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Lawfully Ours

The Budget Session of Parliament convened for 32 days between February 21 and May 8.

Written by Aleesha Matharu |
January 5, 2014 5:31:48 am

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THE BUDGET SESSION of Parliament convened for 32 days between February 21 and May 8. It saw the passage of two major Bills:

The Criminal Law (Amendment) Act came into force in February. The Bill was drafted in response to widespread street protests after the gangrape of a 23-year-old woman in Delhi in December. The amendments made to the Indian Penal Code,on the recommendation of the Justice J S Verma Committee,include introduction of offences such as voyeurism,stalking,human trafficking,acid attack and sexual harassment. The definition of rape was widened to include not just penal-vaginal intercourse but also to penalise penetration of any orifice of a woman with any part of the man’s body or with any object. If a public servant is now accused of rape,no government sanction is required for prosecution.

The Protection of Women against Sexual Harassment at Workplace Act (came into force on December 9). The government gave statutory force to the 1997 Vishakha guidelines requiring all organisations to set up an internal complaints committee to deal with sexual harassment at the workplace.

THE MONSOON SESSIONof the House lasted from August 5 to September 7.

The proposal to amend the Representation of the People Act — to allow convicted legislators to retain their membership pending an appeal — was not pursued as it was seen as going against the grain of public sentiment for cleaning politics.

National Food Security Bill,2013,became an Act in September. The primary objective is to guarantee cheap food grain to nearly 70 per cent of India’s 1.2 billion people.

The Right to Fair Compensation and Transparency in Land Acquisition,Rehabilitation and Resettlement Act,2013,commonly referred to as the Land Acquisition Act,came into force on January 1,2014. The rules governing the Act will be finalised by February 15. The rules will lay down the framework for social impact assessments and obtaining the consent of affected families. It replaces the more-than-a-century-old Land Acquisition Act of 1894. The most important feature of the law is that it requires developers to get the consent of up to 80 per cent of people whose land needs to acquired for private projects and 70 per cent of the land owners in the case of public-private partnership.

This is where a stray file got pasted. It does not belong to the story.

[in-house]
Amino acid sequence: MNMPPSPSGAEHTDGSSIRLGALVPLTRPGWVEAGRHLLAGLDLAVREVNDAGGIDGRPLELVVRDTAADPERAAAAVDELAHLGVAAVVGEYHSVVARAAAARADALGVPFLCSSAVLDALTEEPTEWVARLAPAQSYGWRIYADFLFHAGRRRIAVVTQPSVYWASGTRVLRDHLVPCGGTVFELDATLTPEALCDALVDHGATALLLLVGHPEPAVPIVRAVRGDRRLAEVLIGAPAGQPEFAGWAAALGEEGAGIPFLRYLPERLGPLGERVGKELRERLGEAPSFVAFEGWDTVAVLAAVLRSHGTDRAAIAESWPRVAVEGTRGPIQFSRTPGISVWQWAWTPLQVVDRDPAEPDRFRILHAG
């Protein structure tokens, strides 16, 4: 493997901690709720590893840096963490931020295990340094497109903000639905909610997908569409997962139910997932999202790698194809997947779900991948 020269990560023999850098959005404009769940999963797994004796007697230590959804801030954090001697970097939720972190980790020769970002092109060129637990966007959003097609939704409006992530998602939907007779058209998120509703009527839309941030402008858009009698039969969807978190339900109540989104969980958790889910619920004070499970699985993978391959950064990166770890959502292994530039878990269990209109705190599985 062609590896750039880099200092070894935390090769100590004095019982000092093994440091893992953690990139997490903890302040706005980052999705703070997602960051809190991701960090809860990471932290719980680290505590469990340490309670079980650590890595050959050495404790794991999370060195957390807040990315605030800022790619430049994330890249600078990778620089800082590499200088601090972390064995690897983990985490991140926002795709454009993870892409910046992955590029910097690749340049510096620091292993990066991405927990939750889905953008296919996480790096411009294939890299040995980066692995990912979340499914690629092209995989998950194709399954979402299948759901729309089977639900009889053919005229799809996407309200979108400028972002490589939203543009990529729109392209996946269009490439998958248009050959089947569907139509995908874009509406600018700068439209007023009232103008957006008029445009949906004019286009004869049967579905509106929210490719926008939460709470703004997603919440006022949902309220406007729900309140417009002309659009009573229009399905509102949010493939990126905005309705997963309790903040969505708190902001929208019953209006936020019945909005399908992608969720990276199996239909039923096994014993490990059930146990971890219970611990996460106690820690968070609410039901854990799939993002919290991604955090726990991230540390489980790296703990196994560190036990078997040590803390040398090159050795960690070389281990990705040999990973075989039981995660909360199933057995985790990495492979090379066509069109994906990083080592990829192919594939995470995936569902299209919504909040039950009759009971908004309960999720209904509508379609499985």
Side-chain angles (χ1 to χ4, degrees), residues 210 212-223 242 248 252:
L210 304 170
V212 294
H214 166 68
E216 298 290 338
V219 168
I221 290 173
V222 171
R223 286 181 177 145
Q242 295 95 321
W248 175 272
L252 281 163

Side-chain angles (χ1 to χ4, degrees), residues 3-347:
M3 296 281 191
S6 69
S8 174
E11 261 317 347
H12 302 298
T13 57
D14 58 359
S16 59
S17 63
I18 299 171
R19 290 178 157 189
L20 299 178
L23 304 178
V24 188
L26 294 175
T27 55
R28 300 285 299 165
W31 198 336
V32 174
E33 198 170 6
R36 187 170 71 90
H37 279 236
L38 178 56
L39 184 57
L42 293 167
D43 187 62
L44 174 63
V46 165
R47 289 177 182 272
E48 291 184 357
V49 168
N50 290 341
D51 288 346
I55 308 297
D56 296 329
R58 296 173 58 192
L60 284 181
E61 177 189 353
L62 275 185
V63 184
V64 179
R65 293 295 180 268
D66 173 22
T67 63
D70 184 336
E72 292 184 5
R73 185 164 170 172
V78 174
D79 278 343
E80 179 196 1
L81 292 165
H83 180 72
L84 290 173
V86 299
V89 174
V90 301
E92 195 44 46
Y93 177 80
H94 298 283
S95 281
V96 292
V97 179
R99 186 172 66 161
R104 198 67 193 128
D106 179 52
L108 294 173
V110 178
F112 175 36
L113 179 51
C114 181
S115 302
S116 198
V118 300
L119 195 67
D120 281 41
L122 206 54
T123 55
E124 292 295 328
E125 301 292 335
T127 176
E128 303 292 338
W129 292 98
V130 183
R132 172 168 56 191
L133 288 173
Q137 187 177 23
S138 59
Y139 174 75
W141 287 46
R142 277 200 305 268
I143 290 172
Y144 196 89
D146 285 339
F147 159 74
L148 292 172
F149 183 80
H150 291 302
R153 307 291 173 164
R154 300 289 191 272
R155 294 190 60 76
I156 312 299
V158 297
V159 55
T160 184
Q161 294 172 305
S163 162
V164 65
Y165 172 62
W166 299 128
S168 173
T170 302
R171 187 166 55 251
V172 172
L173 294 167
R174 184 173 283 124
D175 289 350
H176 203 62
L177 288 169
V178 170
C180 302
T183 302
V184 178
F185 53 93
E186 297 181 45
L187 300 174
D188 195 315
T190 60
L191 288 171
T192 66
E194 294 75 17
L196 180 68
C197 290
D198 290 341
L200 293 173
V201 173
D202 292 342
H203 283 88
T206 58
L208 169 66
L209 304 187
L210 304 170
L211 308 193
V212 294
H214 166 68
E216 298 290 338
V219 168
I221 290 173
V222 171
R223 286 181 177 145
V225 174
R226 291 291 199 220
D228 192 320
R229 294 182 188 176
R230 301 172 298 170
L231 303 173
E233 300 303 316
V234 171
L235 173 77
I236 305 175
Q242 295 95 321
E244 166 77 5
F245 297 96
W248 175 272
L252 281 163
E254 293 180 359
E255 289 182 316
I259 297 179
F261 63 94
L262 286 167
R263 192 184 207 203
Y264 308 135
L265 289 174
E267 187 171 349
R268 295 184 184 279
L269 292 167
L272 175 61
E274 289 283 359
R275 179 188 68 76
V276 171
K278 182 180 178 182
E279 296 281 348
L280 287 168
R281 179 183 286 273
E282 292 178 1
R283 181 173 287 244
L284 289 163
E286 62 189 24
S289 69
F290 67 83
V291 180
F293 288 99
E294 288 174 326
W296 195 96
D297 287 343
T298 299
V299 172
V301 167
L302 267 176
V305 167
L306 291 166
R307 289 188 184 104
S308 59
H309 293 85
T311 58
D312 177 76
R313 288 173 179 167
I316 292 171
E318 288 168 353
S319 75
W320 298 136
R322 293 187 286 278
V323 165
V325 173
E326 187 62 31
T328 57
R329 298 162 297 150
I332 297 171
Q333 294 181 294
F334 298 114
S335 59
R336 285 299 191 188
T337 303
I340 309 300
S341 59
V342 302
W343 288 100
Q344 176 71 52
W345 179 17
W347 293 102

Companies Act,2013 seeks to enhance transparency,make corporate social responsibility mandatory and protects the interest of employees and small investors. From April onwards,large companies will need to contribute at least 2 per cent of their average net profits of the past three years as CSR spend.

The Pension Fund Regulatory and Development Authority Bill,2013,got presidential assent in September. It paves the way for individuals to widen their post-retirement cover and allows foreign investors to acquire up to 26 per cent stake in the sector.

The Parliament (Prevention of Disqualification) Amendment Bill,2013,got presidential assent in October. It negates a Supreme Court order banning politicians in jail and under police custody from contesting polls.

Prohibition of Employment as Manual Scavengers and their Rehabilitation Act,2013,came into force on December 6 across India except Jammu and Kashmir. The law prohibits the employment of manual scavengers,manual cleaning of sewers and septic tanks without protective equipment and the construction of insanitary latrines.

On September 27,the Supreme Court said voters have the right to disapprove all candidates on the ballot and ordered the Election Commission to introduce the None of the Above (NOTA) option.


Parliament had initially planned 12 sittings,from December 5 to 18,but adjourned sine die two days ahead of schedule.

n Of 29 Bills listed for consideration,only the Lokpal Bill could be passed. It provides for the creation of an anti-graft watchdog which will have under its purview even the Prime Minister with certain safeguards. The Bill seeks to establish a Lokpal at the central level and asks states to establish Lokayuktas within a year’s time from the date of notification of the law. The President gave his assent on January 1,2014.


Maharashtra Anti-Superstition Bill: In the light of the murder of Pune-based rationalist Dr Narendra Dabholkar,who originally drafted the Bill,the Maharashtra Legislative Assembly passed the Prevention and Eradication of Human Sacrifice and other Inhuman,Evil and Aghori Practices and Black Magic Ordinance. An ordinance enforcing its provisions was passed by the state a day after Dabholkar was murdered on August 21. The Bill seeks to criminalise practices related to black magic,human sacrifices,use of magic remedies to cure ailments and other such acts. It doesn’t outlaw superstition.

Section 377: In December,the Supreme Court upheld Section 377 criminalising private consensual sex between adults of the same sex,ruling that it had been struck down improperly by the High Court in 2009. The Supreme Court held that only Parliament had the power to change that law.

Telangana: The Andhra Pradesh Reorganisation Bill,2013,is a draft Bill proclaiming the bifurcation of the Andhra Pradesh state into two states,Telangana and residuary Andhra Pradesh. President Pranab Mukherjee has referred the Bill to the Andhra Pradesh Assembly,which has been mandated to return it by January 23.

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